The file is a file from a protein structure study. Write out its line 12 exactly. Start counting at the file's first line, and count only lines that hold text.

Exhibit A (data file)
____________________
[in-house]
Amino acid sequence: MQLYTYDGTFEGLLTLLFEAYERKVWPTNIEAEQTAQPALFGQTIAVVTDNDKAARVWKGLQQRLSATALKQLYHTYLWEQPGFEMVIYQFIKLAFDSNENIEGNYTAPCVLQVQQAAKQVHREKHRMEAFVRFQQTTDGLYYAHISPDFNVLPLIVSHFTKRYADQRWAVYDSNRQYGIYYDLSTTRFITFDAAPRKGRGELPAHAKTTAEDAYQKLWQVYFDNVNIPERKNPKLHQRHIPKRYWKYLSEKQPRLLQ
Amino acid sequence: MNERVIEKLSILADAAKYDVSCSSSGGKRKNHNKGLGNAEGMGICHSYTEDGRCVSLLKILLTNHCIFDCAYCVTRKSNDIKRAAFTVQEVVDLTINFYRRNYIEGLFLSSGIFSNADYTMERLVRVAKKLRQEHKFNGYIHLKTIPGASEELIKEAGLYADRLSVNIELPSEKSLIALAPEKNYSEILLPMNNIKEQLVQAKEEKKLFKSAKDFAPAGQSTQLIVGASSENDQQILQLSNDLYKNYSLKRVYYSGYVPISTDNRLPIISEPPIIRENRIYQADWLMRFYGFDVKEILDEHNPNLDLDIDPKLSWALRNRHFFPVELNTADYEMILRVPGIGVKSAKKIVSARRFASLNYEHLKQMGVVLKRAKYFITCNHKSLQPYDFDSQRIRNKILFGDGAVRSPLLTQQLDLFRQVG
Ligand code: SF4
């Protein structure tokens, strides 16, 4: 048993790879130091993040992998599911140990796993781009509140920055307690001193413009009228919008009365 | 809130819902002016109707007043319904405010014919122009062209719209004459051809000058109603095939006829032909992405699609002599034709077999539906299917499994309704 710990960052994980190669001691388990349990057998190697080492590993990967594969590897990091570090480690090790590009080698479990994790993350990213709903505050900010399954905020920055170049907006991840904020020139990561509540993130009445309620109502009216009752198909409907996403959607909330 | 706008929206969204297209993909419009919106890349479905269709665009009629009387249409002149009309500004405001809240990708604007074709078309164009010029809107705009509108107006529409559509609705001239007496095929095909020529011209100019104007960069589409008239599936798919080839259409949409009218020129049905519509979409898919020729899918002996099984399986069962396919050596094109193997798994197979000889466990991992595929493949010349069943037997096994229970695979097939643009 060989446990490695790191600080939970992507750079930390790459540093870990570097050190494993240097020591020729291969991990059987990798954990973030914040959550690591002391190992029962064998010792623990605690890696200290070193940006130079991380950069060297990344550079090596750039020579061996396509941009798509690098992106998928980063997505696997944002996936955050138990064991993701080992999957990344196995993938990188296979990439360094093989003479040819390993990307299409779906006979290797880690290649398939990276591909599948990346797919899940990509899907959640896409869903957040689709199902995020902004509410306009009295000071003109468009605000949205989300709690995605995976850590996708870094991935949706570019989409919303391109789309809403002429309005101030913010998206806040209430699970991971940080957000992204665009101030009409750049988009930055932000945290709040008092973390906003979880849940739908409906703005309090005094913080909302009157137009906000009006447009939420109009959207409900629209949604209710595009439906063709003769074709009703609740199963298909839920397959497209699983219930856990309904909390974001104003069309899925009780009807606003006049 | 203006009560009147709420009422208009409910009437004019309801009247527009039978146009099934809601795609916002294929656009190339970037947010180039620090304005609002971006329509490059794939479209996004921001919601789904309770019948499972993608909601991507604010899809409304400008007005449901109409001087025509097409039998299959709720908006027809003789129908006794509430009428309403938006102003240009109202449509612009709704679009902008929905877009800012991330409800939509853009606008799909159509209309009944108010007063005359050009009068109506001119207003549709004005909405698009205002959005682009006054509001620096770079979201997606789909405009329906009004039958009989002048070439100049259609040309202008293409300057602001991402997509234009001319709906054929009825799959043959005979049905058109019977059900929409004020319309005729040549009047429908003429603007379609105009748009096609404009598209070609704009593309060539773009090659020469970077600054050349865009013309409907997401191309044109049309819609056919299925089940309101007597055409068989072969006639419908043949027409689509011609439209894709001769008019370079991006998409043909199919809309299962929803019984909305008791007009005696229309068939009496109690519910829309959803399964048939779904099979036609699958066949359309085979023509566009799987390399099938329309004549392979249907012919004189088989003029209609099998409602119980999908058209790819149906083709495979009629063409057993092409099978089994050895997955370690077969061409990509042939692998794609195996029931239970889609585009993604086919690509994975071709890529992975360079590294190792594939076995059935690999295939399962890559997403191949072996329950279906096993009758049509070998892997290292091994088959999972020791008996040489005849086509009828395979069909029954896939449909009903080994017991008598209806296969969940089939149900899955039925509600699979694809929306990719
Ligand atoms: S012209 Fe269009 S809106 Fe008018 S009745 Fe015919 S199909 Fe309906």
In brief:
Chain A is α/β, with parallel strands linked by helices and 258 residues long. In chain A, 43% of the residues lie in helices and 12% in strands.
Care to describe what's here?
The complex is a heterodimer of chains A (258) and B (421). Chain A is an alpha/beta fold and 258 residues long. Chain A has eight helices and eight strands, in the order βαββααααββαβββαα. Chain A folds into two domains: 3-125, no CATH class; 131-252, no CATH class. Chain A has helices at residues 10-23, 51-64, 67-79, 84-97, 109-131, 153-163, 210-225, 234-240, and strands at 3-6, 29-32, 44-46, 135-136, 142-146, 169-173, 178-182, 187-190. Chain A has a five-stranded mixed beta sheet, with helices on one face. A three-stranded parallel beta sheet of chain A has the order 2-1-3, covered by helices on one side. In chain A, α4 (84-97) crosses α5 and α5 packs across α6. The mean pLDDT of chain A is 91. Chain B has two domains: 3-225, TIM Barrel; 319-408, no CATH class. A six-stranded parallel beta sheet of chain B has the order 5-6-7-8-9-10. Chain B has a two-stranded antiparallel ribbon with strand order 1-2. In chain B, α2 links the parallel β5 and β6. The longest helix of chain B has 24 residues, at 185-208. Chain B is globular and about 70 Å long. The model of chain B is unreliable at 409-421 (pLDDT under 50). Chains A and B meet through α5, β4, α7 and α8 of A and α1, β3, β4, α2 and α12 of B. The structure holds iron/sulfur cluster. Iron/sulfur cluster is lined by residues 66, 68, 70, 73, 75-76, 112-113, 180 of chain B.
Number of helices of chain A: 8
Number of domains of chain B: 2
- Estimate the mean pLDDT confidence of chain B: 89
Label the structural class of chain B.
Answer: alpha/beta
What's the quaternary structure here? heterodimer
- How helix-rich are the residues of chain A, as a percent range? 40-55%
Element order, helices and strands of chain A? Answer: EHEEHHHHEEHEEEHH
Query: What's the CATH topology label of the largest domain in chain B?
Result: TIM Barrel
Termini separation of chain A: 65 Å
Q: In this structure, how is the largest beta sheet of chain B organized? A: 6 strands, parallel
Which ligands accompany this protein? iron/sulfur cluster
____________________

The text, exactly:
Number of domains of chain B: 2